This conference sold out to 500 + weeksk ago and features a day of panels featuring industry heavies (see list). Currently a panel including Jimmy Guterman and John Battelle are discussing branding, marketing and Web content, involking that marketing is meant to be a conversation which is why it’s a natural for social media.
I posted a nice long interview with James Joyner of Outside the Beltway at LAist. Other videos are going up (as well as more blog posts) on the Knight blog for the Politics and Cyberspace conference that I am covering for them.
Finally, if you’re in LA, drop me a line if you’d like an invite to a little BBQ I’m having this Saturday afternoon to celebrate the end of grad school.
Wolf was jailed for longer than any journalist in U.S. history for protecting source material requested by the feds. Wolf refused to turn over video he shot of a chaotic 2005 San Francisco street protest during the G-8 summit. The courts issued him a subpoena after parts of the video (originally posted at IndyBay) were picked up by the mainstream media.
After posting the full, unedited video on his Web site (also embedded below), the prosecution announced that Wolf had complied with the terms of the grand jury subpoena, and the judge approved his release.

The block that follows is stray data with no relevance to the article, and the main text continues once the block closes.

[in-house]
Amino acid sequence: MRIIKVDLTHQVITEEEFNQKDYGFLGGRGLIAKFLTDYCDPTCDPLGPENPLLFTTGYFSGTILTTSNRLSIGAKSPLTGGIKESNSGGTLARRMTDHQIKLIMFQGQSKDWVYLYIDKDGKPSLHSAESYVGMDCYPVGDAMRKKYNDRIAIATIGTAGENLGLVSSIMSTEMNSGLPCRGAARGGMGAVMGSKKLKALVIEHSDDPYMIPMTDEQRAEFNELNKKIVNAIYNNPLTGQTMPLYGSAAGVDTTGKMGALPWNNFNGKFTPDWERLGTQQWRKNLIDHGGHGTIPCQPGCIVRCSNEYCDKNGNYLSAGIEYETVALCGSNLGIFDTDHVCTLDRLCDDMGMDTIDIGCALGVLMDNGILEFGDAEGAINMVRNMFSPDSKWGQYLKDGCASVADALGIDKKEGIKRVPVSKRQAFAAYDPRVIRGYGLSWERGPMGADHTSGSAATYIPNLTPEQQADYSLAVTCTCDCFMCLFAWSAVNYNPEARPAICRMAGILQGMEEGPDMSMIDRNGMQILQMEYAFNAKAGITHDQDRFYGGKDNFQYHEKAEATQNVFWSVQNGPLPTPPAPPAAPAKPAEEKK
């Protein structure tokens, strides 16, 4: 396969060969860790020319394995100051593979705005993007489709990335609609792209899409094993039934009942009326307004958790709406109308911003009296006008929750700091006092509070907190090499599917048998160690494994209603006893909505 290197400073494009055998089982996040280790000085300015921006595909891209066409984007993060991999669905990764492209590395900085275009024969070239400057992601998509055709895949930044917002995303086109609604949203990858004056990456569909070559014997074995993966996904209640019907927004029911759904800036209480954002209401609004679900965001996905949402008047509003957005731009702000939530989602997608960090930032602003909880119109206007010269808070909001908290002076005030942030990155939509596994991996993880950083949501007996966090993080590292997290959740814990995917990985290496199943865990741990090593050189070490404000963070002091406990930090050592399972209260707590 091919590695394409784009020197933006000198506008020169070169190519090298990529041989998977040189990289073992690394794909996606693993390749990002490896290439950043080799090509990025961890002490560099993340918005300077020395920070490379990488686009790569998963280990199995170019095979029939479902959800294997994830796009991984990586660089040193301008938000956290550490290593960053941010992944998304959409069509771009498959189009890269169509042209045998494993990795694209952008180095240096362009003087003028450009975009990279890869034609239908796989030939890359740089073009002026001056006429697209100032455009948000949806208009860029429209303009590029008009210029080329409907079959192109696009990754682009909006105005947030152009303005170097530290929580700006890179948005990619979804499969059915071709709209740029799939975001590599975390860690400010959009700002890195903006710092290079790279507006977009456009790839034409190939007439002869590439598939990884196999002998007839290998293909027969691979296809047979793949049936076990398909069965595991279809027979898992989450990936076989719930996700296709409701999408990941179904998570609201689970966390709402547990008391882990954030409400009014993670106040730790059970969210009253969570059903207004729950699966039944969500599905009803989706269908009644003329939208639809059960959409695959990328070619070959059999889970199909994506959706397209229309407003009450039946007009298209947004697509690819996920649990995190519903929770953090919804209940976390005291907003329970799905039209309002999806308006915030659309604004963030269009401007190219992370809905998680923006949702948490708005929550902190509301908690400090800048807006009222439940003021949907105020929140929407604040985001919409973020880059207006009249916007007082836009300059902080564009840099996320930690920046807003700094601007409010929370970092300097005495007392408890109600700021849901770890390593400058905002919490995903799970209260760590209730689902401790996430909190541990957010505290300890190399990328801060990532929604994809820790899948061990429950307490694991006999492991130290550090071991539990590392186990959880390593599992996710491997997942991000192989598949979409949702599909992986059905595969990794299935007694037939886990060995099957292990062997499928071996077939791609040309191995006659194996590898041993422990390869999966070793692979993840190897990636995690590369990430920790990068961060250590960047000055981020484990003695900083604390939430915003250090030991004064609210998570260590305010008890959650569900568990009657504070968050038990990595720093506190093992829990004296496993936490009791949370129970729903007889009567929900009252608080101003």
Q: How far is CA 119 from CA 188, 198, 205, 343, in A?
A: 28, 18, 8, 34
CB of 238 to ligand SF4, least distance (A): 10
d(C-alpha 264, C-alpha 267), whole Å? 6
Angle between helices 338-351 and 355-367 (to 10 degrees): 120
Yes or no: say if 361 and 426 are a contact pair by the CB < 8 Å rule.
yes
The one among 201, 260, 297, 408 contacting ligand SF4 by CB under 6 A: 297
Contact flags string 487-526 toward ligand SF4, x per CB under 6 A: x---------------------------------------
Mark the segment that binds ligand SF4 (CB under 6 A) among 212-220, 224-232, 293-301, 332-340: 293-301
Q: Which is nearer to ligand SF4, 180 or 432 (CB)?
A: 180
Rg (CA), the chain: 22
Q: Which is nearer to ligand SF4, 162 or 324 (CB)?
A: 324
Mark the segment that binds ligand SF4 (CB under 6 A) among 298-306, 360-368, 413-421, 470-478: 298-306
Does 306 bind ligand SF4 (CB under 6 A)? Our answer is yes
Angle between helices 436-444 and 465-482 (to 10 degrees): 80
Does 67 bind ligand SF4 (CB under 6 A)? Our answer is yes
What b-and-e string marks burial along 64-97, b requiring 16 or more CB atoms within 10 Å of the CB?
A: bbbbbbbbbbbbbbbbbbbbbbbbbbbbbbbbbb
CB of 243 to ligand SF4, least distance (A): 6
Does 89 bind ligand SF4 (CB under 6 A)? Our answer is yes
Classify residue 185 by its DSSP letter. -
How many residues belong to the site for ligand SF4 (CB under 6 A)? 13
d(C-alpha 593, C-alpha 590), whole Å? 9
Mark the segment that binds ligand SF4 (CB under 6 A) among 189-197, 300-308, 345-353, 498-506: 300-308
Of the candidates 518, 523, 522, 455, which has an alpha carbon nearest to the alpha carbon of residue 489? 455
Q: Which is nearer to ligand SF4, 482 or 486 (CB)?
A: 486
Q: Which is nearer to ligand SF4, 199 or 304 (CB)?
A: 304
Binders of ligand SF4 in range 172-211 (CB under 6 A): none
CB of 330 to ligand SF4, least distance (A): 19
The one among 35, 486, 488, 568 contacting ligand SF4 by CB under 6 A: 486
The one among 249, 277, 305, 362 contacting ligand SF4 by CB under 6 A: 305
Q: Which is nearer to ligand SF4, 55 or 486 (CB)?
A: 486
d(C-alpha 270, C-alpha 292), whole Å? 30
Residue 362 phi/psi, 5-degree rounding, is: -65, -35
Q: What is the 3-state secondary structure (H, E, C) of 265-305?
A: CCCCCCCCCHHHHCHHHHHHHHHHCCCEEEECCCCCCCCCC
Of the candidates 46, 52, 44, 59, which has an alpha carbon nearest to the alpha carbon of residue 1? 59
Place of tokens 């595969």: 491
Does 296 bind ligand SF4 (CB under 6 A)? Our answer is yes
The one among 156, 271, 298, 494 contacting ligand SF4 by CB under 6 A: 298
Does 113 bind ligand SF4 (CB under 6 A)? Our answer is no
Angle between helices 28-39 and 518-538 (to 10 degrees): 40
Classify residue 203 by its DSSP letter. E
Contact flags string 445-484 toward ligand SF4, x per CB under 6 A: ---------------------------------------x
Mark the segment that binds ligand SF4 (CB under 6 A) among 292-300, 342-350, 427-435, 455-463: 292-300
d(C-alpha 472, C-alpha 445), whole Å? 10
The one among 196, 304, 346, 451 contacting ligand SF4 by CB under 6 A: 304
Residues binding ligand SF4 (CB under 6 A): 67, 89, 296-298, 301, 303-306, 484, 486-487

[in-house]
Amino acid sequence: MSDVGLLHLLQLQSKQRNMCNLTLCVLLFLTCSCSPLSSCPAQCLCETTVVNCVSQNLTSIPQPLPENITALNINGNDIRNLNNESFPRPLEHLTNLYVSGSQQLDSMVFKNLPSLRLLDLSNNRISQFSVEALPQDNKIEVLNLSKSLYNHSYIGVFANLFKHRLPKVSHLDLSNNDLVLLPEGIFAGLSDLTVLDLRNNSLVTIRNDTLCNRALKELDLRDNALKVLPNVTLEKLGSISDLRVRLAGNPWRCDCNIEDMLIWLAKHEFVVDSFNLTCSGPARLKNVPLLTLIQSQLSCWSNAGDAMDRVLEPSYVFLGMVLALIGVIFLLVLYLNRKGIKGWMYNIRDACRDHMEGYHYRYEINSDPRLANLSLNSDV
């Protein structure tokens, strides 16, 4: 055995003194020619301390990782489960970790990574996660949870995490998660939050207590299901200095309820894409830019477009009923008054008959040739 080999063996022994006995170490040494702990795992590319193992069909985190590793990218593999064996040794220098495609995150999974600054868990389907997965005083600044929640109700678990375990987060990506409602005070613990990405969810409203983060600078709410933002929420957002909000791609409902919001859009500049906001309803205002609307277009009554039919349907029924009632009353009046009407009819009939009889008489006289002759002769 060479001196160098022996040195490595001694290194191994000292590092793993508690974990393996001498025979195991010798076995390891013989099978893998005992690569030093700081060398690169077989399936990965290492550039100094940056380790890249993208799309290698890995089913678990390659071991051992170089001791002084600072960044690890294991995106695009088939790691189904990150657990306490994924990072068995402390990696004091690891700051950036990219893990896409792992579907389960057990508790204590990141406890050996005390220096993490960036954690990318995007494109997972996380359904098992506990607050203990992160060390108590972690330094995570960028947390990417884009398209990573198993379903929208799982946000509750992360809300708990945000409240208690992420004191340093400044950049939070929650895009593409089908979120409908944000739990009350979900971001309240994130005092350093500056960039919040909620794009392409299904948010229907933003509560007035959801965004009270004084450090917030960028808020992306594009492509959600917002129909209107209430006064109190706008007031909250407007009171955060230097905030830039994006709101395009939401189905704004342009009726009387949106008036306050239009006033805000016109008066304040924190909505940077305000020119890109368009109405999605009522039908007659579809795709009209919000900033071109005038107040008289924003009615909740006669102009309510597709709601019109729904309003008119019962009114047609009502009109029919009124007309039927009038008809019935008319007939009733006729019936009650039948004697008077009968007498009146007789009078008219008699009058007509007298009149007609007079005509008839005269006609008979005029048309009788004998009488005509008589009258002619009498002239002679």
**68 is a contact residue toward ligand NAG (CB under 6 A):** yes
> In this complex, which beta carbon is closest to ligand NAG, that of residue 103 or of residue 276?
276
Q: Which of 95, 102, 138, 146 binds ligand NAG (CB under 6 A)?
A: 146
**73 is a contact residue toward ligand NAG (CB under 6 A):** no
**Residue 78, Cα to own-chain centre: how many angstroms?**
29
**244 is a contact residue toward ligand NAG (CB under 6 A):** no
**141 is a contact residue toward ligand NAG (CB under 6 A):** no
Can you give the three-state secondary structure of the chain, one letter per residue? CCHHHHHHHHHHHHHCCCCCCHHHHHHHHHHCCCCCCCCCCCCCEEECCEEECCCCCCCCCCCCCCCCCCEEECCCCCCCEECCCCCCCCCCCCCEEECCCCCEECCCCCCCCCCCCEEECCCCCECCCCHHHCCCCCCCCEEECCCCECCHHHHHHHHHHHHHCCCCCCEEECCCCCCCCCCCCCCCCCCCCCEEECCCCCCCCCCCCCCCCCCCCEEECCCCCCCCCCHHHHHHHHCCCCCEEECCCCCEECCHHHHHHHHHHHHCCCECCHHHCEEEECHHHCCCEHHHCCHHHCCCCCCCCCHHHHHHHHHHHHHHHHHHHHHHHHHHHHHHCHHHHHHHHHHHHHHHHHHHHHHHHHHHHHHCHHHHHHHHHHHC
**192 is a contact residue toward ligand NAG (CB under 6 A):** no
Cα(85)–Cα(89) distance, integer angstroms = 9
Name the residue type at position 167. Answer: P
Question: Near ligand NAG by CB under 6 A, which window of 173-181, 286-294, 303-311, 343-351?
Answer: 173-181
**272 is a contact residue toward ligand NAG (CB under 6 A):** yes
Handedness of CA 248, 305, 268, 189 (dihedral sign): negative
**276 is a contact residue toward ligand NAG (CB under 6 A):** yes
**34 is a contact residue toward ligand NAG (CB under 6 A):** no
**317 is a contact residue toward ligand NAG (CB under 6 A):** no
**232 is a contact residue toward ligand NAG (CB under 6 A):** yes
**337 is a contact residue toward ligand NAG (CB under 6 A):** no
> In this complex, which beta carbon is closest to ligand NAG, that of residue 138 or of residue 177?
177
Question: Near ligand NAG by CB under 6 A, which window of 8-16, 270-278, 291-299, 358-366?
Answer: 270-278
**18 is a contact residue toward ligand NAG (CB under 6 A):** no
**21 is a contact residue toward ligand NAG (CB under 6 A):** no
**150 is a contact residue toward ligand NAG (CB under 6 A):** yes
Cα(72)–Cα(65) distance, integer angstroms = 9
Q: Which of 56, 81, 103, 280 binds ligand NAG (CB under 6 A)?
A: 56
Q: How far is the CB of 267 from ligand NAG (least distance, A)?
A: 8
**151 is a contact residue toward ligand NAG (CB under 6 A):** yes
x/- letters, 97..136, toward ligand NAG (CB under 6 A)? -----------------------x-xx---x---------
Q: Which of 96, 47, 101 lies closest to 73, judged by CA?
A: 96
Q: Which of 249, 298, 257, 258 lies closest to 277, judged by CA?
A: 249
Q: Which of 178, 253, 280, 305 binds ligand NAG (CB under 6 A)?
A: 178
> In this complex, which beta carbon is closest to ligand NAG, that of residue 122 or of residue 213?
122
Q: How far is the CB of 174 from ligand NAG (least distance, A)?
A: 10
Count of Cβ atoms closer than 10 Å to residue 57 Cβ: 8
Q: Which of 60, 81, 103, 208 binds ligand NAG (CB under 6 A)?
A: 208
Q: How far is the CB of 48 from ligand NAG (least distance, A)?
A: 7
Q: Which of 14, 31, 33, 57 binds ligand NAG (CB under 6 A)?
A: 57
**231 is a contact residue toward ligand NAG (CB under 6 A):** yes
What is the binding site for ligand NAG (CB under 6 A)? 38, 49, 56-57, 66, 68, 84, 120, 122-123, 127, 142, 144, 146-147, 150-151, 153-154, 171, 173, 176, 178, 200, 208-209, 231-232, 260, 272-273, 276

“Journalists absolutely have to remain independent of law enforcement,’ he said as he left the prison. “Otherwise, people will never trust journalists.’
During the course of this saga I have repeatedly offered to allow a judge to be the arbiter over whether or not my video material has any evidentiary value. Today, you the public have the opportunity to be the judge and I am confident you will see, as I do, that there is nothing of value in this unpublished footage.
Fife is signed to Anti-, the record label currently responsible for releases from such stalwarts as Tom Waits, Nick Cave, Neko Case, and Mavis Staples. But “OTCC” is just too anti-establishment and anti-commercial to NOT be given away for free. Greg Kot of the Chicago Tribune wrote an in-depth profile:
“This record is a soundtrack for war, and in many ways it’s a soundtrack for a war that’s waging within everyone,” Fite says. “There’s the war outside, but then there’s the war inside ourselves about how much we acquiesce to market culture. That’s what the record was about for me, finding out what I’m fighting against and being truthful with myself about what I allow myself to fall victim to.”